These are good stories. Some will probably appeal more than others (and I suspect everyone who came out of The Revenant Gun hoping for more will want to dive into the novella), but it feels like there’s something for everyone here, and that the collection as a whole is a cohesive, thoughtful treatise not only on the Hexarchate, but on the human condition. If you’ve been wanting more of the Hexarchate, then this collection is a jewel, one you’ll want to pick up and examine closely, with more there the deeper into it you look.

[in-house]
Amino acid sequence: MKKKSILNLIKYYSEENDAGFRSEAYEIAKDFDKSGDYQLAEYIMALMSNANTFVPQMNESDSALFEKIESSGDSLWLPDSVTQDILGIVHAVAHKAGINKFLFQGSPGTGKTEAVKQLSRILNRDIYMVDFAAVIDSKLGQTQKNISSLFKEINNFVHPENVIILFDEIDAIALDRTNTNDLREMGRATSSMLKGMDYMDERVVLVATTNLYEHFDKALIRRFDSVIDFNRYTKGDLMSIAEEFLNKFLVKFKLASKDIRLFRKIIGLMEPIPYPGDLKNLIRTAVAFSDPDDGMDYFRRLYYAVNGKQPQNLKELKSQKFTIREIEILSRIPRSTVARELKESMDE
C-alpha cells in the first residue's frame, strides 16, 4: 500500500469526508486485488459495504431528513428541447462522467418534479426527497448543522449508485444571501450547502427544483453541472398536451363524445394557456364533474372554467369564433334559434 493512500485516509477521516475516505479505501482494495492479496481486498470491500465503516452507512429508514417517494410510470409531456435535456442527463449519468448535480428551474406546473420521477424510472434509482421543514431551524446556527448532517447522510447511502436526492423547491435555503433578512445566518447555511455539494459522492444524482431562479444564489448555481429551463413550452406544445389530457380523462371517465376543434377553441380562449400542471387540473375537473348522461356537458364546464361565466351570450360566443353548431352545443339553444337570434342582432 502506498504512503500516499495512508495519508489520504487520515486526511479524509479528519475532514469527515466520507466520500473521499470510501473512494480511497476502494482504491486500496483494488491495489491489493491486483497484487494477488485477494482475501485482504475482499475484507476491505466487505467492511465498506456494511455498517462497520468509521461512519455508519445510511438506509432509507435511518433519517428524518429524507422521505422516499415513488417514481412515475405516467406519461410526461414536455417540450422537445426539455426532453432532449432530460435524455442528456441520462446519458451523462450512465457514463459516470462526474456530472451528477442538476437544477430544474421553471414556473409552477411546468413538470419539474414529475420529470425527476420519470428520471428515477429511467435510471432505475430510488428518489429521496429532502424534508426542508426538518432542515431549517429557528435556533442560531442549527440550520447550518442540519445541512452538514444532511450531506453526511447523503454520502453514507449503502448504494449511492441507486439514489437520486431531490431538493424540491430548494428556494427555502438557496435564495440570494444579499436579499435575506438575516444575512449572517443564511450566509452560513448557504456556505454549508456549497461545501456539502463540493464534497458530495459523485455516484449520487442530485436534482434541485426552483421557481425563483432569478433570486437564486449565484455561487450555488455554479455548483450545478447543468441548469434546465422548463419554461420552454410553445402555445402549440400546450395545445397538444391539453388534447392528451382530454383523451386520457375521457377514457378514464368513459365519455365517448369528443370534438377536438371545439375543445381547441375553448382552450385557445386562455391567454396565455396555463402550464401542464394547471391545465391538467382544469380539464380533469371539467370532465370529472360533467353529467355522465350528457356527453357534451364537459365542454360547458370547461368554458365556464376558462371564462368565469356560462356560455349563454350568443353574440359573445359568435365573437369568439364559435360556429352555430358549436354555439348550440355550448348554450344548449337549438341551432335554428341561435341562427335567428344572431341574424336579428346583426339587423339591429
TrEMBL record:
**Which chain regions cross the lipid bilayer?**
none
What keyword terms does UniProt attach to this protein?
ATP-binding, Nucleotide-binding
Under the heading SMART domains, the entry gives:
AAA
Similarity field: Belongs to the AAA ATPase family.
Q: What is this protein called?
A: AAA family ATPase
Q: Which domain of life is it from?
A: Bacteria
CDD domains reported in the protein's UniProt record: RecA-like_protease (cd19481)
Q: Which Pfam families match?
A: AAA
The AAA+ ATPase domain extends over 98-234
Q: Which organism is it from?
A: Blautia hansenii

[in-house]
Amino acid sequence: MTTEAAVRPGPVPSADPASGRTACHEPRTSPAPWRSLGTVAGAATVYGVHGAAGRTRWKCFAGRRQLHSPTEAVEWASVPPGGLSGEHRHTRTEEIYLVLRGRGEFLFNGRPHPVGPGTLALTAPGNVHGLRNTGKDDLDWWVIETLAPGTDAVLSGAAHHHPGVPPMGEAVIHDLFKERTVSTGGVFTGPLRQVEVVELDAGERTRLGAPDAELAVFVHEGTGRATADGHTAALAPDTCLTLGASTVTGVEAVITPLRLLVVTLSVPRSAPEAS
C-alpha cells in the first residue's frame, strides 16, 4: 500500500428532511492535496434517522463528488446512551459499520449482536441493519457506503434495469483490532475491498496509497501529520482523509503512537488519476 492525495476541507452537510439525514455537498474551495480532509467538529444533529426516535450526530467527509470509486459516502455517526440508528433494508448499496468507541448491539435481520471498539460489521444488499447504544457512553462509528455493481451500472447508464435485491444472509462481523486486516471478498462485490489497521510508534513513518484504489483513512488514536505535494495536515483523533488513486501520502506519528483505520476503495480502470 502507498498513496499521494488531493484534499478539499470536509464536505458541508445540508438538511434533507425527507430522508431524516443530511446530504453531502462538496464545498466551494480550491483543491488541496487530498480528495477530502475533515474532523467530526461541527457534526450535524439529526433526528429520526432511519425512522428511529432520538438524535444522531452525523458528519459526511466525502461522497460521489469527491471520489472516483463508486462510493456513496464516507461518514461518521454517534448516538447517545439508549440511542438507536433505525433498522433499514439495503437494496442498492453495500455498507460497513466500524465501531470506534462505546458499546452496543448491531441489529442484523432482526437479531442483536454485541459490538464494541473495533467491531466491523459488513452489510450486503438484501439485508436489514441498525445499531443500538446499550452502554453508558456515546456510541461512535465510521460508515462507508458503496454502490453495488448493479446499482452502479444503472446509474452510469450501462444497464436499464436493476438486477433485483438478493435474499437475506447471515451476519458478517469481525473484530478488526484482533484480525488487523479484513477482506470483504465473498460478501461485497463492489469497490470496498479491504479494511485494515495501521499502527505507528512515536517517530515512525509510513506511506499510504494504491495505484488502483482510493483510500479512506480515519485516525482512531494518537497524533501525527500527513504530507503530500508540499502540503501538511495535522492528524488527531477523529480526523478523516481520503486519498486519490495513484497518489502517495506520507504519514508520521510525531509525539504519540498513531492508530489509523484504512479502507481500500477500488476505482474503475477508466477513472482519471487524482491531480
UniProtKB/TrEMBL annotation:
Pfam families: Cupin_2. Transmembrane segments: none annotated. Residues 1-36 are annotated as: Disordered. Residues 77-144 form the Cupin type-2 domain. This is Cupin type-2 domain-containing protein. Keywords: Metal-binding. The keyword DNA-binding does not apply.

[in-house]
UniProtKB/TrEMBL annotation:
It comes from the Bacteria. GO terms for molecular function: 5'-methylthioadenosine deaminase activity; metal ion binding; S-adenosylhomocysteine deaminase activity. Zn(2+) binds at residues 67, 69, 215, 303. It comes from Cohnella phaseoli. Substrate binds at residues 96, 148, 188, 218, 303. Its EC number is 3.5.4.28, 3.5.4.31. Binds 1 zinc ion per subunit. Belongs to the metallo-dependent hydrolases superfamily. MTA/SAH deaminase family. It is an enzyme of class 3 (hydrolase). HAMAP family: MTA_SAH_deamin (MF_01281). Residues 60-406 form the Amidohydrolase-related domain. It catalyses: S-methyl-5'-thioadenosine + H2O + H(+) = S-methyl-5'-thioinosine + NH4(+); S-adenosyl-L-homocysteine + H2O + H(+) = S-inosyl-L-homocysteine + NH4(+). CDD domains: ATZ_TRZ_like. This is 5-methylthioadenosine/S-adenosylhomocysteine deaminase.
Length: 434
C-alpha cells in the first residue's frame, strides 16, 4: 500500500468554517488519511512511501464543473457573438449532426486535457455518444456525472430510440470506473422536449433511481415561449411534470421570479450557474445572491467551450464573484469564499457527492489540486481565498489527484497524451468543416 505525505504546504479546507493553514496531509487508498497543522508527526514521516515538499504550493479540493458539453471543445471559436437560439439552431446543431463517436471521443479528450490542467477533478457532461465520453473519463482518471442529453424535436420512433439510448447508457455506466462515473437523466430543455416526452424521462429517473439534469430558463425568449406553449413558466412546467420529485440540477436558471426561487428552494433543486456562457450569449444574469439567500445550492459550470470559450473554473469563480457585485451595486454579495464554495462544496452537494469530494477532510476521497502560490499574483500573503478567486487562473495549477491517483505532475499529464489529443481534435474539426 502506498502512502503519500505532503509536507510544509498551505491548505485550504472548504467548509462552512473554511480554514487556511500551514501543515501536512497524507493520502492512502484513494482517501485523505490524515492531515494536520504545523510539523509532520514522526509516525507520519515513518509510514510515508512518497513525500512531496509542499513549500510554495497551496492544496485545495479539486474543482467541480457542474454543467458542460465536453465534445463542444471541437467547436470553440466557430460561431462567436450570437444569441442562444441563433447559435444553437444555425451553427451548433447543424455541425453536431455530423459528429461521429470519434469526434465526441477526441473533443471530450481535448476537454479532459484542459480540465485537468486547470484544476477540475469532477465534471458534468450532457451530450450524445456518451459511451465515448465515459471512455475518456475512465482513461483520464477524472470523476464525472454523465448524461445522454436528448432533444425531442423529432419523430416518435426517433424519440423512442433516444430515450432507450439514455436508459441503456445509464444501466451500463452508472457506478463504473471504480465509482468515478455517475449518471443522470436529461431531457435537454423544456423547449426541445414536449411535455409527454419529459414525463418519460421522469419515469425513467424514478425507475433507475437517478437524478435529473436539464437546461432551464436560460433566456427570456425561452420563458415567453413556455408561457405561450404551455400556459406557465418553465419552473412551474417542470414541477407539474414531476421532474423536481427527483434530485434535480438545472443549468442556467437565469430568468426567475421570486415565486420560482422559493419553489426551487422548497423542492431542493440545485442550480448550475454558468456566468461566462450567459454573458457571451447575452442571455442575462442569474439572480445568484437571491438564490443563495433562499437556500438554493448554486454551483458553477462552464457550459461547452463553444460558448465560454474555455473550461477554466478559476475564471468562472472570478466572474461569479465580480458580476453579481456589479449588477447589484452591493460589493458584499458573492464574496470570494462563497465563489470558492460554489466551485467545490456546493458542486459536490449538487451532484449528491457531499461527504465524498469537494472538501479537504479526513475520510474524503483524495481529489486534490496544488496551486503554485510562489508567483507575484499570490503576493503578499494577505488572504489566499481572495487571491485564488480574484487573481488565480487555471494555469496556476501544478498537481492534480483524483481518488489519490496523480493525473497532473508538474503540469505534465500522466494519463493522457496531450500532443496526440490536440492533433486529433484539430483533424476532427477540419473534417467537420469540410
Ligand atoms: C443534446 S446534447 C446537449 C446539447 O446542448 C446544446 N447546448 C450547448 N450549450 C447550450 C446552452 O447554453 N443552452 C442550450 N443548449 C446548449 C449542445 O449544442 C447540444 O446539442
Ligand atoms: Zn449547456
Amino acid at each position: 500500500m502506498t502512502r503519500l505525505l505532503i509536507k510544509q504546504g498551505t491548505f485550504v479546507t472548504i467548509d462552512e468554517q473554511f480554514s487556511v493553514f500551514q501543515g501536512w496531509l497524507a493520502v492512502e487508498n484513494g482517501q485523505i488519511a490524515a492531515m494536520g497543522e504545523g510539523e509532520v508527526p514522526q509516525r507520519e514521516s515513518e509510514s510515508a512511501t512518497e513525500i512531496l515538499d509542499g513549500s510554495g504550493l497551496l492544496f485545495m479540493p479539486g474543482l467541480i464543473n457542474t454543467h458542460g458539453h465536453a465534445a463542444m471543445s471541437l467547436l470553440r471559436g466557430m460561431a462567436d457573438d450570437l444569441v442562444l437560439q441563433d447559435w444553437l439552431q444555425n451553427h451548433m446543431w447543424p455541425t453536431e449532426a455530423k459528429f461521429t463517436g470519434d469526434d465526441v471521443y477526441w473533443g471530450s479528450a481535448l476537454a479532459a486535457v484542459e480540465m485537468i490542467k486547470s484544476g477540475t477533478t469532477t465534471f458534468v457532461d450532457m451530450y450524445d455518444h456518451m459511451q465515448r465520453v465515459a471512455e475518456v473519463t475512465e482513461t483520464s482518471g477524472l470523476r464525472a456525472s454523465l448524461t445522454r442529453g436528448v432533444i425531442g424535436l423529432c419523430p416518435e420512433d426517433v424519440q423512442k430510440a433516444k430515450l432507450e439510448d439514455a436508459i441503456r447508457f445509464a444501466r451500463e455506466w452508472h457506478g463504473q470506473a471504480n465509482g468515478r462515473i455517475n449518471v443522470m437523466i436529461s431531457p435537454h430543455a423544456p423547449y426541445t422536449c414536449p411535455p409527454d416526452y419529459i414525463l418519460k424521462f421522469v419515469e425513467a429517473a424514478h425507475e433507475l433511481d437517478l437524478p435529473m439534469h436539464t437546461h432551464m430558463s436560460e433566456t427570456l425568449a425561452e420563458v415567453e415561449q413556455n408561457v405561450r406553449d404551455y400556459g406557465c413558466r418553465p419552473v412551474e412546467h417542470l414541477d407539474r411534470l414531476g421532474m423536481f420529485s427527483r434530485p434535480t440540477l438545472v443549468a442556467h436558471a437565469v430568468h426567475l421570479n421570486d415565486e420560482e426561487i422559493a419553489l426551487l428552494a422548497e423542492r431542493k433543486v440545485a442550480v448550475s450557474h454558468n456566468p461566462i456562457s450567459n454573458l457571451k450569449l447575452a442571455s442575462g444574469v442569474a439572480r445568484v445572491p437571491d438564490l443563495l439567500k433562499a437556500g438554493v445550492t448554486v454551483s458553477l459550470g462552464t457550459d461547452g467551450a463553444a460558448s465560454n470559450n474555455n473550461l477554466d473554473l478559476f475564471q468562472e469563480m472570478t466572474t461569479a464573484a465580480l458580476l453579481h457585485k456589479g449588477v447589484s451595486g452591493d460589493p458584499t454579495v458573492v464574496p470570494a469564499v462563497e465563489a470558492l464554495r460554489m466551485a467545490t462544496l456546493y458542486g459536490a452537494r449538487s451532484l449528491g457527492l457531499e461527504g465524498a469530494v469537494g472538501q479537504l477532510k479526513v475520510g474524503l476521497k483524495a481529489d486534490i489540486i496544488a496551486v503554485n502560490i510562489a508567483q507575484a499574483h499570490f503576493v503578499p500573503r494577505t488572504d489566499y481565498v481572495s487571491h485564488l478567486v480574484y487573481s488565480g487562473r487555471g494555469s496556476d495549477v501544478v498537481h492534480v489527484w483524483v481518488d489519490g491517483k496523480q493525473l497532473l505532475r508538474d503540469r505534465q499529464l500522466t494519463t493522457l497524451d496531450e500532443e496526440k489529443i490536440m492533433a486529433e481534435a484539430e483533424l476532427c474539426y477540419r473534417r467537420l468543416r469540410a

Very much recommended.

Wednesday, June 12, 2019

Children Of Ruin - Adrian Tchaikovsky

Children Of Ruin is the sequel to Adrian Tchaikovsky’s superlative Children Of Time. It takes place in the same universe, a few (human) generations after the first book. As such, fair warning: This review may contain spoilers for Children of Time.